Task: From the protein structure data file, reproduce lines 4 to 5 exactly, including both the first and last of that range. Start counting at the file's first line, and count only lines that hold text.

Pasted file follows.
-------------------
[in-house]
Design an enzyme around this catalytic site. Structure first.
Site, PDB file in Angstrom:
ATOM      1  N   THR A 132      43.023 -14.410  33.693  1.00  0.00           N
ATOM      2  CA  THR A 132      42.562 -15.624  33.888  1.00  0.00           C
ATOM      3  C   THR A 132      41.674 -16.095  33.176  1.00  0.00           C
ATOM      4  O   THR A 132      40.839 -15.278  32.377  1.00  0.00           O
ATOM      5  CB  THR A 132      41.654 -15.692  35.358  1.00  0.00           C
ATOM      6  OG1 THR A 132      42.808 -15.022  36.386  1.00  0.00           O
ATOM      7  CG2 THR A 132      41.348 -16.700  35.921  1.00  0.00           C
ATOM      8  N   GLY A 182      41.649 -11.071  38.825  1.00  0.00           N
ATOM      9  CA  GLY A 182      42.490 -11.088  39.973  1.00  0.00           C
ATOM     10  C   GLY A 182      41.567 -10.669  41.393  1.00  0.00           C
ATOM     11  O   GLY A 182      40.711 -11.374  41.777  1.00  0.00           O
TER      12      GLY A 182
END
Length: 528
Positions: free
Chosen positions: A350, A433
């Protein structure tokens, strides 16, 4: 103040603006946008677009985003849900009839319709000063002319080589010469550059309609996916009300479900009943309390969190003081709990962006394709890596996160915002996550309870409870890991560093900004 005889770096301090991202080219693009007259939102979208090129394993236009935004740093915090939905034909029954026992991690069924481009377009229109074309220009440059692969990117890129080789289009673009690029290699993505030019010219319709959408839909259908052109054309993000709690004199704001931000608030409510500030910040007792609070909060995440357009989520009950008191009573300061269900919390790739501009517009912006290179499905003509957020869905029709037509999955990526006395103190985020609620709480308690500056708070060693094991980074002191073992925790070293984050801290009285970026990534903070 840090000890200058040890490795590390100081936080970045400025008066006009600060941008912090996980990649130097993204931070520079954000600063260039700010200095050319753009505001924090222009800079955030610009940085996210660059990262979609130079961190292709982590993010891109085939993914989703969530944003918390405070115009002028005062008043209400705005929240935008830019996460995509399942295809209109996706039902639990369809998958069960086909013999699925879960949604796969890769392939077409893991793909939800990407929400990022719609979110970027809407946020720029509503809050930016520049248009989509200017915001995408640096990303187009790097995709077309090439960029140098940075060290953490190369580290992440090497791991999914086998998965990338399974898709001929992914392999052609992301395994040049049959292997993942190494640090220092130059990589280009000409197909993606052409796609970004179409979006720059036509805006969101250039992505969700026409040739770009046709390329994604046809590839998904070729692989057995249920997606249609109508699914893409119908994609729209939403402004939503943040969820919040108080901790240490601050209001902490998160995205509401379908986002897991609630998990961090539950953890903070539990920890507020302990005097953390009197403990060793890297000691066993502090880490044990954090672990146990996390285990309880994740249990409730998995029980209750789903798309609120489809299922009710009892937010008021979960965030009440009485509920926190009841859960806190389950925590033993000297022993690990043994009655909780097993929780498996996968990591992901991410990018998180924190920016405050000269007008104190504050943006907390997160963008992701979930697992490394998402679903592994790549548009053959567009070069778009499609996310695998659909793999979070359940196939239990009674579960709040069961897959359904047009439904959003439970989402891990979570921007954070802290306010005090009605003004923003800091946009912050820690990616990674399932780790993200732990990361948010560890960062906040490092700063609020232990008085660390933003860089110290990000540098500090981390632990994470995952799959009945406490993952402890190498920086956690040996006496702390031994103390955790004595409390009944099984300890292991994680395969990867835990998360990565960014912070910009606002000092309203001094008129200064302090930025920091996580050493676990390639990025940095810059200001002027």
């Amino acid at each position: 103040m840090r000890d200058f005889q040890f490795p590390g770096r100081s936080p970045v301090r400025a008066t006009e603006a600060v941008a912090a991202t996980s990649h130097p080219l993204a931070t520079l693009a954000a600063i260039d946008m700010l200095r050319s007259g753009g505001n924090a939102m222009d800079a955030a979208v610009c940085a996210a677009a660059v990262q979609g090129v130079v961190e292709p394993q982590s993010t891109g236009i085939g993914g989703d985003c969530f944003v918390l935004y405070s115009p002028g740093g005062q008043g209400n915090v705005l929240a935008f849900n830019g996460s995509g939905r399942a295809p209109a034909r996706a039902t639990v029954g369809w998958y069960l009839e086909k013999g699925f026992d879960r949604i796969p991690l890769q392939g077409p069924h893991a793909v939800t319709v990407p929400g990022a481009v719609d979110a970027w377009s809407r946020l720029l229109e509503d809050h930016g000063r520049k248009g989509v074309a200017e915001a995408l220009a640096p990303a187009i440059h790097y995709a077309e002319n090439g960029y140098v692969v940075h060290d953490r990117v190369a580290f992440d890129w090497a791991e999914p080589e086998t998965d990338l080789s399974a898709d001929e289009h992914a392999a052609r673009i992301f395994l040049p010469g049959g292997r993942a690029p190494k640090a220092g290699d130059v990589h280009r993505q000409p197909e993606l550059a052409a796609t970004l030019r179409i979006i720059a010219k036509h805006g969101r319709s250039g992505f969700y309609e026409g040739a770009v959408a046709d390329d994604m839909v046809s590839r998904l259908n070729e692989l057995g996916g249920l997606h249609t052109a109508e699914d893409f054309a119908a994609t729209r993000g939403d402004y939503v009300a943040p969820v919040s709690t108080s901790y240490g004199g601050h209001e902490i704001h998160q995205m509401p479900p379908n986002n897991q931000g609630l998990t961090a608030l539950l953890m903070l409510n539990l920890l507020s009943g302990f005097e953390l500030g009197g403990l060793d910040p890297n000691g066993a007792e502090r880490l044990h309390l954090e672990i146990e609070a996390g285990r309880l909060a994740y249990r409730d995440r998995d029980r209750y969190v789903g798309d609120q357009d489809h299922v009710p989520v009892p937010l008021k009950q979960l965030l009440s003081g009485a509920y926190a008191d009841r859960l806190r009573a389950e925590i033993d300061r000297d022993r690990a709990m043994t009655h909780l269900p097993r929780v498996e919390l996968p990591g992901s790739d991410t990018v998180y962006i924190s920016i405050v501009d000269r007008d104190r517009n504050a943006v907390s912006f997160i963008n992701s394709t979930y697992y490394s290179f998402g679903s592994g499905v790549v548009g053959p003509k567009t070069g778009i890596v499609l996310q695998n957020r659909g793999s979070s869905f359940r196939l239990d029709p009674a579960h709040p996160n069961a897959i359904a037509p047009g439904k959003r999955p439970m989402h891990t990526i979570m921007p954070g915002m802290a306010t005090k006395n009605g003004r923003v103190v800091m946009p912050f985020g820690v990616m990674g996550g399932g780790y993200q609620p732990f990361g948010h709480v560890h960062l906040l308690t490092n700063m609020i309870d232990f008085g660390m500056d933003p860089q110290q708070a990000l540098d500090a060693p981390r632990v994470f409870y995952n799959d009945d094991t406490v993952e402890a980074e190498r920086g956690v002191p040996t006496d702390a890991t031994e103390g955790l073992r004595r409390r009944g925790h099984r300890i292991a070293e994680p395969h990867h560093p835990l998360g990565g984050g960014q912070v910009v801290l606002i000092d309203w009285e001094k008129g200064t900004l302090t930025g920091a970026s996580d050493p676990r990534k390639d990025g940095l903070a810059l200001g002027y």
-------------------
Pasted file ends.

ATOM      1  N   THR A 132      43.023 -14.410  33.693  1.00  0.00           N
ATOM      2  CA  THR A 132      42.562 -15.624  33.888  1.00  0.00           C